Easy Setup, Minimum Equipment:
Setting up a simple all-grain brew system without complicated equipment is much easier than you might think. Today, I’m going to share the most basic of the all-grain brewing systems: Brew in a Bag, also known as BIAB.
If you’ve searched for ‘All Grain Brewing Instructions’ on the internet, you will have probably seen some wonderfully complex explanations involving high costs and scary, if not entirely unfamiliar words. The BIAB all-grain brewing system is much less daunting and can be put together with barely any extra equipment.
Is It a Good System?
Before writing this article, I put together a 20 liter BIAB system so I could share the photos with you. While it is about the most low-tech all-grain brewing system I have ever used, there are several advantages and disadvantages which should be considered:
- It’s very easy
- Cheap to set up
- It does make beer!
- It’s hard to maintain a constant temperature
- Hard to keep hob waste (trub) out of the brew
- My partner was annoyed at the state of her kitchen
Overall, if you are limited on space, time, or funds, BIAB is a great all grain brewing system. It won’t satisfy more advanced home brewers, however, due to the difficulty in clarifying the wort and replicating the exact brew schedule.
First, I am going to assume you already have a basic homebrew kit set up. If you don’t, please click here and get yourself set up. The only additional items you need are:
- A pot, slightly larger than your target batch size
- A large grain bag, slightly bigger than your pot
- A hop bag, also known as a hop sock
- A second, smaller pot
- A cooking thermometer
- Forgiving housemates
Let’s Do It!
Finally, simple all-grain brewing instructions! If you haven’t already, I strongly recommend that you read John Palmer’s book, ‘How to Brew’. If it’s a bit too complex for now, just follow my step-by-step guide below.
Choose a Recipe
Most recipes are written for 20 liter or five gallon batches, so I will assume you are using the same size. Click here to get some recipes.
Prepare Your Mash Tun
Place the grain bag into your pot and secure the mouth of the bag to the rim of the pot. This is your ‘mash tun’, where you will mash (mix) your malted grain with hot water. Place your mash tun on the stove.
This will involve some maths or a good brewing calculator. You’ll want to heat about 2.5 liters per kilogram (about 1.2 quarts per pound) of grain in your recipe. The temperature you are aiming for (your ‘strike’ temperature) is going to be higher than your actual starting temp, because adding grain will lower the water temperature. You need to work out the starting temp for your batch. I used 11 liters of water, a strike temperature of 75°C and 4.5 kilograms of malt. I hit about 64°C after adding the malt (I was aiming for 66°C).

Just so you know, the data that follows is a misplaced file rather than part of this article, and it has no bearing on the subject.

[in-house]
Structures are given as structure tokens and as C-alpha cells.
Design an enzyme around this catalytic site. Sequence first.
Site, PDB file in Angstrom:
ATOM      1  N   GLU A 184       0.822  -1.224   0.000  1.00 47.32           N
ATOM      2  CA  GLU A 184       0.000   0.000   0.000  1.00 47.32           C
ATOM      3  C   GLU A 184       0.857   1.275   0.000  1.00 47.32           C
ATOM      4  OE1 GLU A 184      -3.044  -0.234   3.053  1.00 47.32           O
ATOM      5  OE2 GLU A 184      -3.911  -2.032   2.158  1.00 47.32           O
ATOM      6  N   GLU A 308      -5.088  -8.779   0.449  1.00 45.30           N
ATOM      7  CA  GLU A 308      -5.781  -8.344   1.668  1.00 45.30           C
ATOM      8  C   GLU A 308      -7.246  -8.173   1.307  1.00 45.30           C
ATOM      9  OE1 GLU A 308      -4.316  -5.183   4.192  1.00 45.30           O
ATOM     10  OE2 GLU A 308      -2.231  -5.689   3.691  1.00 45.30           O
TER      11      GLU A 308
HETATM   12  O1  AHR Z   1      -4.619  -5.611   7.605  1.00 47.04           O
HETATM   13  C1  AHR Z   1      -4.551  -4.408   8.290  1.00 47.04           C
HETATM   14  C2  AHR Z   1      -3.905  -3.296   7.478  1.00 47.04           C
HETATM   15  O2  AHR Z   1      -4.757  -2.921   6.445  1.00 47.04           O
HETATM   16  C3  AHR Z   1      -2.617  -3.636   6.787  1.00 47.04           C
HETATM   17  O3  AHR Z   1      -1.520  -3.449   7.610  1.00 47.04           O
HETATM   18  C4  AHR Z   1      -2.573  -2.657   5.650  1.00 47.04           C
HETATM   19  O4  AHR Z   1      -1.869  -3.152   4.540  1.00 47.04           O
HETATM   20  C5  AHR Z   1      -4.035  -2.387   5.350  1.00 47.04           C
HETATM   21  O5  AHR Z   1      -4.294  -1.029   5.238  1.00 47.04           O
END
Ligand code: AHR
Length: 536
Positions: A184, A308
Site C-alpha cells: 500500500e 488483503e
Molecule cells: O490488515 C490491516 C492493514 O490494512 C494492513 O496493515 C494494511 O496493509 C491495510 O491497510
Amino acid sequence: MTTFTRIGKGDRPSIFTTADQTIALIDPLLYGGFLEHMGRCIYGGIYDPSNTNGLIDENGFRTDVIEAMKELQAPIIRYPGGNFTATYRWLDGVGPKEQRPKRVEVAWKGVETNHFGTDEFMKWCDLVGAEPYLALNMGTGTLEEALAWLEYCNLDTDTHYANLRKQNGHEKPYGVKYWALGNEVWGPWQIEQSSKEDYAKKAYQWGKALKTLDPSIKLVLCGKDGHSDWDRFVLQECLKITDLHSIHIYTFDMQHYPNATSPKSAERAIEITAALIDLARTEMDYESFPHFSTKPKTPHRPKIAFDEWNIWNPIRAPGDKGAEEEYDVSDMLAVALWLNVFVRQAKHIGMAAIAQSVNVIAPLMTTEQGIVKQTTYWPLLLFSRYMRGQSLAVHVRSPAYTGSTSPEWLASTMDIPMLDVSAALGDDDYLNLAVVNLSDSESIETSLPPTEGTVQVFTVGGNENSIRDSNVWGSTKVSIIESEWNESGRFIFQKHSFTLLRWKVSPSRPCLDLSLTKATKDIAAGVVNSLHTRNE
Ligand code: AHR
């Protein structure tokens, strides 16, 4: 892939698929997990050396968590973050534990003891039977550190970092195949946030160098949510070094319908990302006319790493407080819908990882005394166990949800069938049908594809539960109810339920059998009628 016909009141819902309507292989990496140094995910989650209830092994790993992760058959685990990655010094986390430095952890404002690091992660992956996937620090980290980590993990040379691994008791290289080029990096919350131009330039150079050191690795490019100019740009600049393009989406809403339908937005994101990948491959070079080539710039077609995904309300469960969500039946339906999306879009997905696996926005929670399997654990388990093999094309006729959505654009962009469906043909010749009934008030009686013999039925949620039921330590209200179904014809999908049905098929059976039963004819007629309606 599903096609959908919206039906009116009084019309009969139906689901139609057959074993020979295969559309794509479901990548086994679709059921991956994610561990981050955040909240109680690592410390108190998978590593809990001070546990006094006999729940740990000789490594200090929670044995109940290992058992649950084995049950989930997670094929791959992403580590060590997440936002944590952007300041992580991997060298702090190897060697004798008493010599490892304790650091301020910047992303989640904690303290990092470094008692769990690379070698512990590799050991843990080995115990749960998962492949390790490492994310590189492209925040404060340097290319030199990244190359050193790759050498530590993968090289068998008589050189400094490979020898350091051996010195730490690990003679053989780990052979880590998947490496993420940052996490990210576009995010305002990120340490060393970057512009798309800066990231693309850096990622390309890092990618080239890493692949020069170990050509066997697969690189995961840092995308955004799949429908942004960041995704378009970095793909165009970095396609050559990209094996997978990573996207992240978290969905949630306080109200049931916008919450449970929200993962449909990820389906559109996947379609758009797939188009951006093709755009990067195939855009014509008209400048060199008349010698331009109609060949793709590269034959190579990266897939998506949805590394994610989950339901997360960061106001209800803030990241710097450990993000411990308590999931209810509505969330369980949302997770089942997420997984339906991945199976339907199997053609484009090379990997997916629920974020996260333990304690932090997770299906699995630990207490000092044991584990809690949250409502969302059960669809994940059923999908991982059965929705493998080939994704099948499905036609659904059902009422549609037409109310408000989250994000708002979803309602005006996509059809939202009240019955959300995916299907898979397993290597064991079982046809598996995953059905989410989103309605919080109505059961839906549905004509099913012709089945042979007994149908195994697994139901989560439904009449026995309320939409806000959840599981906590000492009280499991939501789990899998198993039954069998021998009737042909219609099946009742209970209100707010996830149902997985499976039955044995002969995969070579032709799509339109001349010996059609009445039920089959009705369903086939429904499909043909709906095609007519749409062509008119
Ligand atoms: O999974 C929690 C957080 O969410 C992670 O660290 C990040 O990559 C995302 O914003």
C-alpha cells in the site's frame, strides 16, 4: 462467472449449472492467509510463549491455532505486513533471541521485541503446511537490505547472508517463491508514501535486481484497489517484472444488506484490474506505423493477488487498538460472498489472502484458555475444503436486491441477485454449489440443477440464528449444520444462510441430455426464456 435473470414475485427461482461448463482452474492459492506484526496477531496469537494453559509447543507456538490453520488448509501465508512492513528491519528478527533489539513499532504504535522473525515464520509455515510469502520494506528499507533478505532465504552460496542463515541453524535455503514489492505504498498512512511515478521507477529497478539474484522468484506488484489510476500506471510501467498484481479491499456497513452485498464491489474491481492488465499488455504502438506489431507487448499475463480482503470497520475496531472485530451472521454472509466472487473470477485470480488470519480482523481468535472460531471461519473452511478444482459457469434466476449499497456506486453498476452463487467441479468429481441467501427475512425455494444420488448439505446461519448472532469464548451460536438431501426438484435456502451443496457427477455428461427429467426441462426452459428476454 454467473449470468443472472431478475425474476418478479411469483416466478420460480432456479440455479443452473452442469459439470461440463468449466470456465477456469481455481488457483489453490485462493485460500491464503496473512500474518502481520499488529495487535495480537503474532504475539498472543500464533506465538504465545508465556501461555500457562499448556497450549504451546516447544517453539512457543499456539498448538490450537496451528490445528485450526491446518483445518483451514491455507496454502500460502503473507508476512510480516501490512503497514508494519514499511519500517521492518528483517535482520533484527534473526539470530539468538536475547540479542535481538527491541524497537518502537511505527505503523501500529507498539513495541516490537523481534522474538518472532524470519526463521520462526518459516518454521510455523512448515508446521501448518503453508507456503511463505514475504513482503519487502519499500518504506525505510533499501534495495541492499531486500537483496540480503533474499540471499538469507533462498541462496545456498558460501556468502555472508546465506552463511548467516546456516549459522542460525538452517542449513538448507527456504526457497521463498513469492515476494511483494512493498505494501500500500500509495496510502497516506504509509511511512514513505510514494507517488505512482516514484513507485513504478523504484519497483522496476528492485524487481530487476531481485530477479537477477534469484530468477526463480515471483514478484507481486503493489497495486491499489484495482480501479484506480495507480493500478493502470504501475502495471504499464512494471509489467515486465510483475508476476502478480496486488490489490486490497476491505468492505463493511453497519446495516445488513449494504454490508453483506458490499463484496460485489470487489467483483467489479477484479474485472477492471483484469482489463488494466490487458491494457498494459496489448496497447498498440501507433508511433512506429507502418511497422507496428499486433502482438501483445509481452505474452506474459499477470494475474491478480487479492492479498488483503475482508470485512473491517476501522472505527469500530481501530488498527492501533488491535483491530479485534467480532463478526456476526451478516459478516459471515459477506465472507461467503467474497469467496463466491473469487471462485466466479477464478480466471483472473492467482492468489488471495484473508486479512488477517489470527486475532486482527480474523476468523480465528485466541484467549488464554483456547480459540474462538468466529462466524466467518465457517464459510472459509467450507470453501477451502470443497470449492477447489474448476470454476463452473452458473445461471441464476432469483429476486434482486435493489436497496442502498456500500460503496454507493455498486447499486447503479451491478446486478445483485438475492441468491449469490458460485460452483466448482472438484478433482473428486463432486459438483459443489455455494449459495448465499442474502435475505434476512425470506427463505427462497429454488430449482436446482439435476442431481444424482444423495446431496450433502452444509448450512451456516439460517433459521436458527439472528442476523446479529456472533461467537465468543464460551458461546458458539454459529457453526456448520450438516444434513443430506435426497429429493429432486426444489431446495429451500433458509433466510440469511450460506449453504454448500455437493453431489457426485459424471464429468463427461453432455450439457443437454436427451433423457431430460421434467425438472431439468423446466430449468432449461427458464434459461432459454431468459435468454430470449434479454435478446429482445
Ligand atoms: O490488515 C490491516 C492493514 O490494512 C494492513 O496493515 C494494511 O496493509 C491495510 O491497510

Mash the Grain
This part is fun. You are basically taking the proteins and carbohydrates in the malt and – by using hot water at different temperatures – allowing different enzymes to break the proteins and carbohydrates into small sugars that can be eaten by your yeast. Take your malted grain (if it’s not already cracked, go back and get it cracked) and add it to the strike water. Pour it in slowly, stirring the whole time. Now check your temperature. You are going to need to keep your temperatures constant, and many recipes involve several temperature rises, called ‘rests’. The whole mash usually takes about an hour. Here’s an easy way to do this:
- Keep your burner or hob on the lowest possible heat setting
- Keep your secondary pot full of cold water
- If the temperature falls by 1°C or more, raise the heat
- If the temperature rises by 1°C or more, add cold water and check again
- Hit your next temperature rest by raising the heat
Sparge the Grain
This part is a little harder. Once you finish your final temperature rest, you will need to raise the temperature to 78°C (172°F) to stop any further enzyme activity. Whilst raising the temperature, heat water in your secondary pot to about the same temperature.
You now need to lift the grain bag out of the pot and position it over the pot – I used an oven tray. Tie the bag so that is it totally closed. Now that the bag is removed, your pot has been transformed into a kettle! To ‘sparge’ literally means to ‘rinse’. We will pour the water from the secondary pot over the grain, draining it into your kettle. Repeat the process until the kettle is full. You can now dispose of your grain (but keep the bag).
I love this part! Get the whole kettle to a good, rolling boil. Do not keep the lid on – there are several bad flavor compounds that will evaporate during the boil, and keeping the lid on will trap them in your beer! Add hops to your hop sock as per the recipe instructions.
You can just let your kettle full of beer sit, but it’s not a good idea for three reasons. First, your late-addition hops will convert into bittering instead of staying aromatic. Second, you may have some of those bad flavors leech back into your beer. Finally, the longer you leave warm wort sitting in a pot, the more chance there is of it getting infected. The easiest way to chill your beer is to seal the lid to the pot and place it in a cold bath (or an ice bath if you can). Do not submerge the pot – leave the top above water.
Pour your wort into the fermenter at your desired strike temperature, check your original gravity, and add the yeast!
So there you have it: simple all-grain brewing instructions for a cheap and simple all-grain brew system! If you want to get yourself a BIAB kit, look at my BIAB equipment comparison page. If you have used BIAB or you want to ask a question, please leave a comment below.